If the caller is associated with a small business with serious potential to be a Sandia supplier, he or she is referred to a Sandia small business advocate, who follows up. “Small business is huge at Sandia,” says Ann, a former small-business owner. The Labs spend about $500 million a year with small companies, more than half of them in New Mexico.

An honest assessment

Krista Smith, senior manager of Policy, Assurance, and Outreach Dept. 10220, says, “Our goal is to give suppliers an honest assessment of whether or not their products or services match Sandia’s needs. We also want to let them know the rigor involved in working with Sandia, like our stringent safety and quality requirements. We know that it is expensive for suppliers to pursue new business, so we aim to make their first inquiry as informative and efficient as possible.”

If there does not appear to be an opportunity for a supplier at Sandia, the BPOC may refer the company to contracting agencies such as Kirtland Air Force Base, local governments, or other federal labs.

In fiscal year 2014 Sandia’s BPOC responded to 2,161 calls and 3,892 emails from all over the world. Ann sets the tone by making the caller feel comfortable. “If they say Ms. Riley, I say, ‘Call me Ann.’ We become friends,” she says. “They are absolutely blown away that Sandia provides such a service. They can’t believe a company this size has a real person to talk to. I get that over and over again.

“This is about helping our supplier community, especially our small businesses, figure out this huge entity called Sandia National Laboratories and alleviating the fear. We want them to start out on the right foot because we know that with nearly half of our annual dollars spent in procurements, we could not be successful without our suppliers.”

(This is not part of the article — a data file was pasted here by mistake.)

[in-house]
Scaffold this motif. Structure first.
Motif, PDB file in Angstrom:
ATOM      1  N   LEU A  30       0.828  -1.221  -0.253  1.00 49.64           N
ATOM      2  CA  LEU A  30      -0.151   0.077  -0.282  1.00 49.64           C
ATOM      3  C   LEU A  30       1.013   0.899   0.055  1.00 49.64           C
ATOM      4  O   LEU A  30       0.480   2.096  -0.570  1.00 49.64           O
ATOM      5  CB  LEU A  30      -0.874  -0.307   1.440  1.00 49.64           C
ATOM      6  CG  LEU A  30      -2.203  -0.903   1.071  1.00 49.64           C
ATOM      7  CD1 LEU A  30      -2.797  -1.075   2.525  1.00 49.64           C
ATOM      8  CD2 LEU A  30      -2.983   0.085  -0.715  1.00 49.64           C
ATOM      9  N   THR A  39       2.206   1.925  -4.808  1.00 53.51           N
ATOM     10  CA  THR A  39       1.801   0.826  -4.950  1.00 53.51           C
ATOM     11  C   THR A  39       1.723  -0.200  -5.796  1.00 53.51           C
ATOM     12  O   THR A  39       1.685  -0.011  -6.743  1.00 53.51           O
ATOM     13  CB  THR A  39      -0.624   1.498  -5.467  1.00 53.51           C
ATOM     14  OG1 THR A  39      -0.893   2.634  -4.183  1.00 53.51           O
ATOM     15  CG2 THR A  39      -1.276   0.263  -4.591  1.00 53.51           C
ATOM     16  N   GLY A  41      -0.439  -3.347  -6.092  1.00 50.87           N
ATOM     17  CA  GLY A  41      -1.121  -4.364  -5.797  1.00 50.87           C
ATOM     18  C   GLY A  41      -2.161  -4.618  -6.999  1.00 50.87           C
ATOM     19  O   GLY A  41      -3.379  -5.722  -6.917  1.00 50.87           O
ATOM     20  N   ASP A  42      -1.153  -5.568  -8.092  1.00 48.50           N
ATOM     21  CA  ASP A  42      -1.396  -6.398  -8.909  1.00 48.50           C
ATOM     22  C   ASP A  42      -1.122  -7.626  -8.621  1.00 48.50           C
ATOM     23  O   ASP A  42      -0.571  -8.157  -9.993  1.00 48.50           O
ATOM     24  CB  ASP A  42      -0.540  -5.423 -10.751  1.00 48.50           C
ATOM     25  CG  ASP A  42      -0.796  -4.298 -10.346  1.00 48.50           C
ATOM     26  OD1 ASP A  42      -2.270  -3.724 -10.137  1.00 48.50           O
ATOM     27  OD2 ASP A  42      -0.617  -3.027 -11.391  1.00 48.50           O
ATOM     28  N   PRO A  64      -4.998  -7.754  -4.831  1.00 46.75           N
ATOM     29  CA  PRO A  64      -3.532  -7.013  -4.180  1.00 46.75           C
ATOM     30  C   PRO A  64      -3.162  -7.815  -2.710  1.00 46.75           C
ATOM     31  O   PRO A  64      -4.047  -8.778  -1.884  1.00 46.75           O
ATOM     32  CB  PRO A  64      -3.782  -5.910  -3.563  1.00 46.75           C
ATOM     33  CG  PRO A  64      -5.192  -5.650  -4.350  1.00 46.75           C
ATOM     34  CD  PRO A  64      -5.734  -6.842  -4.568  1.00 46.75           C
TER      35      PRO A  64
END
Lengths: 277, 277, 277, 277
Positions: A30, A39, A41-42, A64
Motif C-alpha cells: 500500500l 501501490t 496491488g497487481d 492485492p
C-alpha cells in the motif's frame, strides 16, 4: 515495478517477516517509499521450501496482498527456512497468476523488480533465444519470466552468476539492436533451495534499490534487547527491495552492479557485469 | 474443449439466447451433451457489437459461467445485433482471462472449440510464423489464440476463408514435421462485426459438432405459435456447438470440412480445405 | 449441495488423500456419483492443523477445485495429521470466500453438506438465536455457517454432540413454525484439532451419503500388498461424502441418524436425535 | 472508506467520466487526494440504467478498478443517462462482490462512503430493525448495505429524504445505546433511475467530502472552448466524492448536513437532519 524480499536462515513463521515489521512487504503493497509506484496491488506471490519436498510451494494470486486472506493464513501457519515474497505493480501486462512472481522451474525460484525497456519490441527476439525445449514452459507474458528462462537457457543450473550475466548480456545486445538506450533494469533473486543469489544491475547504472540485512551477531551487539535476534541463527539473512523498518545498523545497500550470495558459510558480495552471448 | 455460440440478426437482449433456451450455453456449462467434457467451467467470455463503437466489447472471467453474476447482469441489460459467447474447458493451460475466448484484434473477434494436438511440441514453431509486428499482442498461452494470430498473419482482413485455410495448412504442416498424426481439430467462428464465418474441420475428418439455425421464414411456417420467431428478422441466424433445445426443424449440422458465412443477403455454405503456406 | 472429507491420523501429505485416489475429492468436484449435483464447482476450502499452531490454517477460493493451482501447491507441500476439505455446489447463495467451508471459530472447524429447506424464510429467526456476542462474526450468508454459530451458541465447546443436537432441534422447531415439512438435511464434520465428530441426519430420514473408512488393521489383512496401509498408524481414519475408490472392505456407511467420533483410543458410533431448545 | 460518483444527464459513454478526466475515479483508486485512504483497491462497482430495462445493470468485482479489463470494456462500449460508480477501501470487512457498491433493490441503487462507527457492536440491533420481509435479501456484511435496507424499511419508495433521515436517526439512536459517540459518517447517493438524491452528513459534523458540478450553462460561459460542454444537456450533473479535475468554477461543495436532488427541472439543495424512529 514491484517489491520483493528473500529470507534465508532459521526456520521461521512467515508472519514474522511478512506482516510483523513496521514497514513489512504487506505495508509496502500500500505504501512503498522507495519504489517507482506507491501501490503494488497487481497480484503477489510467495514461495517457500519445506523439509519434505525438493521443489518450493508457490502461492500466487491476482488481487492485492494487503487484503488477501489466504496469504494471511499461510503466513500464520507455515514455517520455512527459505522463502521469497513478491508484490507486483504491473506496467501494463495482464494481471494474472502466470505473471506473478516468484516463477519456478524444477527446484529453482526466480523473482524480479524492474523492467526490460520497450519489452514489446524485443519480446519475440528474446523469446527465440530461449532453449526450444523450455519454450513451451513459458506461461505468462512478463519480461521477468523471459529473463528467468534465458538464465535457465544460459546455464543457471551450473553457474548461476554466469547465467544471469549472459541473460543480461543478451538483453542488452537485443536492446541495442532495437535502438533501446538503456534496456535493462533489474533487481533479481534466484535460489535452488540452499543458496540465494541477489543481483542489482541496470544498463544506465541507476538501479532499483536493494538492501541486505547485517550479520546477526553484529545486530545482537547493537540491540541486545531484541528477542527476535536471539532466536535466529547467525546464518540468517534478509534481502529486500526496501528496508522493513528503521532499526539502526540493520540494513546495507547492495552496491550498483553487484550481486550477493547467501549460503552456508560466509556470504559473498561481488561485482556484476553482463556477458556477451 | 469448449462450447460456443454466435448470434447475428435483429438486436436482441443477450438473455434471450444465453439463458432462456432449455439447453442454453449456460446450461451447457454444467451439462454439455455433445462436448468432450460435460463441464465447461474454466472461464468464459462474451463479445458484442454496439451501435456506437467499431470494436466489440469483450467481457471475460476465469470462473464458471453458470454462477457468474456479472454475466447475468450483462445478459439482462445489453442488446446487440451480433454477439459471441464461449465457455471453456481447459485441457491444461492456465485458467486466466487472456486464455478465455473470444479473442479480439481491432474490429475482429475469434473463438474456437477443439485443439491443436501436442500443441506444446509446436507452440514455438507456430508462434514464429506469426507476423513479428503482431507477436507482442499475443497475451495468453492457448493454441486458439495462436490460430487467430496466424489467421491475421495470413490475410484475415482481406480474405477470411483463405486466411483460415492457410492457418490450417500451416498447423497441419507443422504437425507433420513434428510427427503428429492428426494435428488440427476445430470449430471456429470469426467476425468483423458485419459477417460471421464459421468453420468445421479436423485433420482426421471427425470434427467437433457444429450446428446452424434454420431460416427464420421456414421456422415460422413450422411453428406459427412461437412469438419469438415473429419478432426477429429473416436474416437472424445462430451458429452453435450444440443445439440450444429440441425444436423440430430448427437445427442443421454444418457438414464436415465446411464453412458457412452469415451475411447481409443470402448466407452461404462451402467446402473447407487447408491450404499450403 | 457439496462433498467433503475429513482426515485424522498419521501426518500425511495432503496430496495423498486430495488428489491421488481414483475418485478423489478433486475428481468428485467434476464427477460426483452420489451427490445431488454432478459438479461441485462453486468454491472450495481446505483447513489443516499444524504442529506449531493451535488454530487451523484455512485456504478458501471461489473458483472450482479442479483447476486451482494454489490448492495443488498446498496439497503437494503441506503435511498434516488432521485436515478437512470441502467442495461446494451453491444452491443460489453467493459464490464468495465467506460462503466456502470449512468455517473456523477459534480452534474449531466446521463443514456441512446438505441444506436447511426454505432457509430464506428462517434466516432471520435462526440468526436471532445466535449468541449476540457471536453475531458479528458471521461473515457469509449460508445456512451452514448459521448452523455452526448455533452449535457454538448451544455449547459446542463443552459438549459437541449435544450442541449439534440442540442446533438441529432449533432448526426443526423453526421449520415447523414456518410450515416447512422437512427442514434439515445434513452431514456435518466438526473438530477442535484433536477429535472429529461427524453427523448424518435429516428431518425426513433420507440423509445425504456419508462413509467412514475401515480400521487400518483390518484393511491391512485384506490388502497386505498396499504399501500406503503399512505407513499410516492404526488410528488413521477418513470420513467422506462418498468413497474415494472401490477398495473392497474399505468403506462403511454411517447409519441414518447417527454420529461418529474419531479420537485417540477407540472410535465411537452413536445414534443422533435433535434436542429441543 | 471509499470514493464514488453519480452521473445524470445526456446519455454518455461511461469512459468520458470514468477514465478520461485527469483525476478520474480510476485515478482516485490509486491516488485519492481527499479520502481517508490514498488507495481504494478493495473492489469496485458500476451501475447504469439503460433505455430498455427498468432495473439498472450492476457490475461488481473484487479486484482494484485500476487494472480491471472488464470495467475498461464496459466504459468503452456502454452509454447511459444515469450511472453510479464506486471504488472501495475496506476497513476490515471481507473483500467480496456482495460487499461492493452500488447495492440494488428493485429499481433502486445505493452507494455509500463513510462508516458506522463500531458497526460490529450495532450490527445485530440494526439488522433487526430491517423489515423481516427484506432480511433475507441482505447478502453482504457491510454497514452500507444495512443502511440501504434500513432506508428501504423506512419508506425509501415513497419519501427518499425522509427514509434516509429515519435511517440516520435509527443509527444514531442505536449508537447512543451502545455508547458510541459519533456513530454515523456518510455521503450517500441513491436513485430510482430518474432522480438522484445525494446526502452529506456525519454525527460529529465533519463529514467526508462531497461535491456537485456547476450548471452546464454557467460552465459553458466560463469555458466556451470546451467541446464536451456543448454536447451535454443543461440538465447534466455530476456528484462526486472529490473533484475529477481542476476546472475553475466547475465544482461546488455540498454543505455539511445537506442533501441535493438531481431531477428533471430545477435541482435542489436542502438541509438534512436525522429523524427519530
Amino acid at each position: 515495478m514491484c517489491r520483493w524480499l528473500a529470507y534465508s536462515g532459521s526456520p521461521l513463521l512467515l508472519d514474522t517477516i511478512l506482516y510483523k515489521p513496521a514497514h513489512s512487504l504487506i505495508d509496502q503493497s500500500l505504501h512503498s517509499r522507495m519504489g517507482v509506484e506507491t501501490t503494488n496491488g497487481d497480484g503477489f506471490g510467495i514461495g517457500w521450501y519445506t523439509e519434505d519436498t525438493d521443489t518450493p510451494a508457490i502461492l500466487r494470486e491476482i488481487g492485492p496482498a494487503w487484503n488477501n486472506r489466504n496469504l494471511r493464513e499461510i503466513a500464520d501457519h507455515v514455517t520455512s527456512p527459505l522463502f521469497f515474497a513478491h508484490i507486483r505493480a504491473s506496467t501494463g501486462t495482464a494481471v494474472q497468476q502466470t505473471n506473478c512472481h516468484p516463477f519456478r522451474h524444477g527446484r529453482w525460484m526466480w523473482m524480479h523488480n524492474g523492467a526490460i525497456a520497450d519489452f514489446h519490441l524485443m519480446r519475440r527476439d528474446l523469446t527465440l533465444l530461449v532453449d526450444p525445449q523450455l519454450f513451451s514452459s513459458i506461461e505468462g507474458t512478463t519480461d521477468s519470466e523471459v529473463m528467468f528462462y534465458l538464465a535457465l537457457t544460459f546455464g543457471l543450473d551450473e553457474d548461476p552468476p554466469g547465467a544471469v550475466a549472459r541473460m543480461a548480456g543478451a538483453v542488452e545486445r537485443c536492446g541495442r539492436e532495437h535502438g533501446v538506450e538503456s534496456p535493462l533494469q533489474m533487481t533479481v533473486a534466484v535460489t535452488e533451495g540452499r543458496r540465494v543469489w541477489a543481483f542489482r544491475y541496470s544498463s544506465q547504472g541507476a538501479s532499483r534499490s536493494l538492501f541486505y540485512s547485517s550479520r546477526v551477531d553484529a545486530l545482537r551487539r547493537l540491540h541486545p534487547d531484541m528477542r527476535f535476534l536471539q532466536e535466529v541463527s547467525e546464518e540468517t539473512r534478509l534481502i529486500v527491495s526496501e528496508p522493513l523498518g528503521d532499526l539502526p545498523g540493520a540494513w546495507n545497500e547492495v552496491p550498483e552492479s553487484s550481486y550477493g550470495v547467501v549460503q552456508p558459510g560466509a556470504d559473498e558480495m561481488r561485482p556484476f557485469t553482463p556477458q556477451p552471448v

Ann says it’s important that internal Sandia organizations also refer calls from outside businesses to Supply Chain and the BPOC. “We don’t want companies to start shopping for business within Sandia using an ad-hoc approach,” she says. “They will get frustrated and we don’t want to give the impression that’s how the system works. We strive to offer a consistent message and avenue to our prospective suppliers.”

Theresa Carson, manager of Information Systems and Science, Technology, and Research Procurement Dept. 10244, says the BPOC is an important service to Sandia suppliers. “Having the opportunity to speak to someone who can answer questions about how to do business with Sandia and provide guidance is a valuable benefit,” she says.

Feedback indicates that having the BPOC role enhances Sandia’s image in the business community. “It adds to our credibility, and is another piece of the puzzle to achieving mission success,” Ann says. “And that’s what it’s all about.”


-- Nancy Salem